Wednesday, July 29, 2015

Plankton (Chaetoceros) under the Microscope

Chaetoceros sp. is one of the largest genus of marine planktonic diatoms with approximately 400 species. Chaetoceros is a centric diatom with very lightly silicified frustules. Each frustule posseses four long, thin spines (setae). Setae link the frustules together to form colonies of several cells.

The images below of Chaetoceros sp. were collected at Fort Worden in Port Townsend, Washington, USA by Ashleigh Pilkerton and Lilianna Wolf for the Port Townsend Marine Science Center (2015 Citizen Science Program).

The images below were captured using the DCM3.1 microscope camera (3.2 megapixels) and a Zeiss Phase Contrast microscope.

Brightfield image Chaetoceros sp. captured under the microscope.

Darkfield image of Chaetoceros sp. captured under the microscope.

A huge thank you to the Port Townsend Marine Science Center Citizen Science Program 2015 for sharing these images with Microscope World.

Monday, July 27, 2015

Rhodospirillum Rubrum (Bacteria) under Microscope

Rhodospirillum rubrum is a gram-negative, pink colored Proteobacterium. This type of bacteria is known as a facultative anaerobe, which means it can use alcoholic fermentation under low oxygen conditions or use aerobic respiration in aerobic conditions. Under aerobic growth photosynthesis is genetically suppressed and Rhodospirillum rubrum is then colorless. After the exhaustion of oxygen, Rhodospirillum rubrum immediately starts the production of photosynthesis apparatus including membrane proteins, bacteriochlorophylls and carotenoids, i.e. the bacterium becomes photosynthesis active. The repression mechanism for the photosynthesis is actually not well understood. The photosynthesis of Rhodospirillum rubrum differes from that of plants as it does not possess chlorophyll, but instead uses bacteriochlorophylls.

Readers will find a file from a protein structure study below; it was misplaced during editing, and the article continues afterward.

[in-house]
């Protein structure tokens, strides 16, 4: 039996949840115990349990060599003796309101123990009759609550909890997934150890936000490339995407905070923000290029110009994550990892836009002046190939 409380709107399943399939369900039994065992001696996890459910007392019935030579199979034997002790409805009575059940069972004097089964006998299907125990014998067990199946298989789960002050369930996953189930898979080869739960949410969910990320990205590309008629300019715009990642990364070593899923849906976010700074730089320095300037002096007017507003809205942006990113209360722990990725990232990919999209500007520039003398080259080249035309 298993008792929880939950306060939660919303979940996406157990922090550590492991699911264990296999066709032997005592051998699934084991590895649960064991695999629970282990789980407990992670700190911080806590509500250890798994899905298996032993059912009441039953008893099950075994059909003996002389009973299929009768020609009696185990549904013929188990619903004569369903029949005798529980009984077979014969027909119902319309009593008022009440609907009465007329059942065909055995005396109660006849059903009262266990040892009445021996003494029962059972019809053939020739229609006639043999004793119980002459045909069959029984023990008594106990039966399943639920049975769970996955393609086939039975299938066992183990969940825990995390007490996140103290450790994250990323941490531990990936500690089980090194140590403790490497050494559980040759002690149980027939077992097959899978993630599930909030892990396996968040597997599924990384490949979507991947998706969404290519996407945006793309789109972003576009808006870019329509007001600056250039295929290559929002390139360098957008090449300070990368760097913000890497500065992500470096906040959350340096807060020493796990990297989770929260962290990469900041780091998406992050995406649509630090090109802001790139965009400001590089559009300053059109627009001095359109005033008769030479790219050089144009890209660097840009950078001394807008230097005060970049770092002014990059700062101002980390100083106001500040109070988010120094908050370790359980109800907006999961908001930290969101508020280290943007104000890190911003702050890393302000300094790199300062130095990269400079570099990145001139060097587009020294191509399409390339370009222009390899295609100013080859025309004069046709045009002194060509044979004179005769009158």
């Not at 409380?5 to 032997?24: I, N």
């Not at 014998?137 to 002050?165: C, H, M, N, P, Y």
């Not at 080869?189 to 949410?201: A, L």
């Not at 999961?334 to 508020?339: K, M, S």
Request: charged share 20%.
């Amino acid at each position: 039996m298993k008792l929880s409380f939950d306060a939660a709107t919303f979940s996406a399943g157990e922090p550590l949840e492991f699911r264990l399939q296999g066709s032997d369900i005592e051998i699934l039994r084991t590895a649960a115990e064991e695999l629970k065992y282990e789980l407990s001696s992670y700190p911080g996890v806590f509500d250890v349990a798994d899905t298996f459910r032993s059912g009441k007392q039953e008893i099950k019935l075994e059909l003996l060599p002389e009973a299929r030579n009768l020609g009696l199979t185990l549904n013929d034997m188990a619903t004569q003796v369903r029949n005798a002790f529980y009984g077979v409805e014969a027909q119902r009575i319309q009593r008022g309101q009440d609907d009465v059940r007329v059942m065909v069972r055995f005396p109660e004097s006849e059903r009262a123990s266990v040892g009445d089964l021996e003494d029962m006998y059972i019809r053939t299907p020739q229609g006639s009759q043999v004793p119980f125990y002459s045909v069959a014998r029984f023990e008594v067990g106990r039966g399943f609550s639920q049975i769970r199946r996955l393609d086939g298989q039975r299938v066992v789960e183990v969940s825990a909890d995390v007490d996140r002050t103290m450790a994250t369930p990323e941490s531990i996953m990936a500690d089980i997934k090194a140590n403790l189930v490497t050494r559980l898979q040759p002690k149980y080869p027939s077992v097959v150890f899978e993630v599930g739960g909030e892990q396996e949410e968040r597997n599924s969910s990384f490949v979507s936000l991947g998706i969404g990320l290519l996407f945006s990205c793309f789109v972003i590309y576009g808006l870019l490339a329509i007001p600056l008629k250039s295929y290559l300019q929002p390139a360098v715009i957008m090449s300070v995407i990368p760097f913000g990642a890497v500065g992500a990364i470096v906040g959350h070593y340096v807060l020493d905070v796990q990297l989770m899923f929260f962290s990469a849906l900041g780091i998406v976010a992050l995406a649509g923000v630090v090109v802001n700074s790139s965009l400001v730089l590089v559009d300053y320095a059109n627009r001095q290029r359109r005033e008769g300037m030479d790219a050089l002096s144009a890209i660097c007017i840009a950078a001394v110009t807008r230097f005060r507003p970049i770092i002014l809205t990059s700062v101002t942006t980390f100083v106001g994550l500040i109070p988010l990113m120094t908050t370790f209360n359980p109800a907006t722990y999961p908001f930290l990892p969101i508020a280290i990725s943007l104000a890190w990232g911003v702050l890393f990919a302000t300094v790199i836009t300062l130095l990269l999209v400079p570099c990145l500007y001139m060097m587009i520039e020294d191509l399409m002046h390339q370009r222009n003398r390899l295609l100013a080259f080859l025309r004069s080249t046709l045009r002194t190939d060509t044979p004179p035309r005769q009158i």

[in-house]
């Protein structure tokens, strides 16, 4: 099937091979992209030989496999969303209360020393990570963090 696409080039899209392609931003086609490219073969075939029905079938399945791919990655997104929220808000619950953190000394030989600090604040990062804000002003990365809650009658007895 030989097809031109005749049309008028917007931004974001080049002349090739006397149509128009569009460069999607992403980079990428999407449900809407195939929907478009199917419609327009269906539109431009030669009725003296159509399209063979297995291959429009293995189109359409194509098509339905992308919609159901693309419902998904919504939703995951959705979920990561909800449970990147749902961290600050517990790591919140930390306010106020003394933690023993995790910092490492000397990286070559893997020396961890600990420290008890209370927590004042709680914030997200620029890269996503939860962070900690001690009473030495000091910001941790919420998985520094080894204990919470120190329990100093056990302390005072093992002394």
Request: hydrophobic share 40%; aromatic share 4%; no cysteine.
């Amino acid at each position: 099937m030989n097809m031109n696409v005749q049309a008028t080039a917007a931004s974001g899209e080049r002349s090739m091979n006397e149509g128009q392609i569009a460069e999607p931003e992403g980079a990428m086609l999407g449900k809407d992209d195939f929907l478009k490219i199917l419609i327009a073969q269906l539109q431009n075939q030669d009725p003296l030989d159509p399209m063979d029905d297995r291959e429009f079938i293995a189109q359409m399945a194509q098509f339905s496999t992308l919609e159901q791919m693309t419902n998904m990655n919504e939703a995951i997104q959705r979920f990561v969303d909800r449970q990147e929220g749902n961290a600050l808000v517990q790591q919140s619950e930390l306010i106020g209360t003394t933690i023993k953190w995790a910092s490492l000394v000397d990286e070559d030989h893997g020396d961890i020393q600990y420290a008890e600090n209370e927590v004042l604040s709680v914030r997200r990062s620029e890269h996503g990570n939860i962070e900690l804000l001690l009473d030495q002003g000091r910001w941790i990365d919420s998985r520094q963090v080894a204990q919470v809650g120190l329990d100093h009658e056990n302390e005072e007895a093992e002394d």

The images below of Rhodospirillum rubrum bacteria were captured using the Fein Optic RB30 biological microscope and the HDCAM4 high definition microscopy camera.

Bacteria captured under the Fein Optic RB30 microscope.
Bacteria under the RB30 microscope using a 4x Plan Achromat objective.

Bacteria captured at 40x under the Fein Optic RB30 biological lab microscope.
Bacteria under the RB30 microscope using a 10x Plan Achromat objective.

Fein Optic RB30 microscopy image of bacteria at 400x.
Bacteria under the RB30 microscope using a 40x Plan Achromat objective.

Bacteria under the microscope at 400x using a plan fluor objective lens.
Bacteria under the RB30 microscope using a 40x Plan Fluor objective.

Tuesday, July 21, 2015

Caffeine under the Microscope

When caffeine enters the brain, it affects nerve centers that are responsible for neurological reward systems. In essence, caffeine makes you feel good and the releasing of dopamine in the prefrontal cortex of your mind reinforces the behavior, consequently making you want to have more caffeine in the future.

Maurice Mikkers has a passion for both science and photography. A few years ago when he was on strong pain medication, he got the idea to combine his passions and photograph pain killers under the microscope. He then decided to photograph caffeine - the world's most addictive and widely used drug. Caffeine is a widely used natural substance that is also an additive.

The image below if of the first try of crystallizing 100% caffeine powder. The caffeine powder was added to de-mineralized water and heated in a water bath to 212° F. After this first step, large drops of the sample were placed on a microscope slide, within 45 minutes the drops were fully crystallized and ready for photographing under a polarizing microscope using a Berek compensating filter.

Polarizing microscopy image of caffeine.
Caffeine crystals under a polarizing microscope with Berek filter.
The image shown above is a shot that was captured and made out of 25+ images in a comprehensive grid covering only part of the sample using a Canon ESO 5D Mark III 22 megapixel camera. The images were later stitched together in digital post production.

Polarizing microscopy image of caffeine.
Caffeine crystals under a polarizing microscope with Berek filter.

Thank you to Maurice for sharing his microcopy images with Microscope World. He has captured other images of drugs and medicine under the microscope and you can view more images by Maurice Mikkers here.